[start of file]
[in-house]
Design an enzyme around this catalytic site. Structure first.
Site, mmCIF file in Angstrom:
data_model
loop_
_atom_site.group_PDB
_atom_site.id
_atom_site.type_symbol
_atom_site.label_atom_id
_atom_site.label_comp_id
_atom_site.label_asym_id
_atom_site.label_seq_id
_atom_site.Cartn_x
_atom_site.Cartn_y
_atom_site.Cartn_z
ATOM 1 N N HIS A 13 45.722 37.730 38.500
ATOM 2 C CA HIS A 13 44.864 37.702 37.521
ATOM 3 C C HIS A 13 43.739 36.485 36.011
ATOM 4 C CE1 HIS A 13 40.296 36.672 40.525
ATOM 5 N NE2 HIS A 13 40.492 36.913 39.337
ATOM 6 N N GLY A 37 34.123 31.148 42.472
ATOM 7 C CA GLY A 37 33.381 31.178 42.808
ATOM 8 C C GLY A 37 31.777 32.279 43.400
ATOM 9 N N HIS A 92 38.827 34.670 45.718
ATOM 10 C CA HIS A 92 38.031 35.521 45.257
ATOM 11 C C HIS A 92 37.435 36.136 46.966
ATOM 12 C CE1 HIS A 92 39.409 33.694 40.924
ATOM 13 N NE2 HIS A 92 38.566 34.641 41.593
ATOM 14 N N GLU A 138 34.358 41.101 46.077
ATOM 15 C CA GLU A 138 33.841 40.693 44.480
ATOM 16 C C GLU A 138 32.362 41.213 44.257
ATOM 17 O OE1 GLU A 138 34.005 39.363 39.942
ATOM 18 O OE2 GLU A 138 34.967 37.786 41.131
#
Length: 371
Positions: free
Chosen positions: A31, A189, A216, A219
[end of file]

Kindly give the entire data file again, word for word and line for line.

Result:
[in-house]
Design an enzyme around this catalytic site. Structure first.
Site, mmCIF file in Angstrom:
data_model
loop_
_atom_site.group_PDB
_atom_site.id
_atom_site.type_symbol
_atom_site.label_atom_id
_atom_site.label_comp_id
_atom_site.label_asym_id
_atom_site.label_seq_id
_atom_site.Cartn_x
_atom_site.Cartn_y
_atom_site.Cartn_z
ATOM 1 N N HIS A 13 45.722 37.730 38.500
ATOM 2 C CA HIS A 13 44.864 37.702 37.521
ATOM 3 C C HIS A 13 43.739 36.485 36.011
ATOM 4 C CE1 HIS A 13 40.296 36.672 40.525
ATOM 5 N NE2 HIS A 13 40.492 36.913 39.337
ATOM 6 N N GLY A 37 34.123 31.148 42.472
ATOM 7 C CA GLY A 37 33.381 31.178 42.808
ATOM 8 C C GLY A 37 31.777 32.279 43.400
ATOM 9 N N HIS A 92 38.827 34.670 45.718
ATOM 10 C CA HIS A 92 38.031 35.521 45.257
ATOM 11 C C HIS A 92 37.435 36.136 46.966
ATOM 12 C CE1 HIS A 92 39.409 33.694 40.924
ATOM 13 N NE2 HIS A 92 38.566 34.641 41.593
ATOM 14 N N GLU A 138 34.358 41.101 46.077
ATOM 15 C CA GLU A 138 33.841 40.693 44.480
ATOM 16 C C GLU A 138 32.362 41.213 44.257
ATOM 17 O OE1 GLU A 138 34.005 39.363 39.942
ATOM 18 O OE2 GLU A 138 34.967 37.786 41.131
#
Length: 371
Positions: free
Chosen positions: A31, A189, A216, A219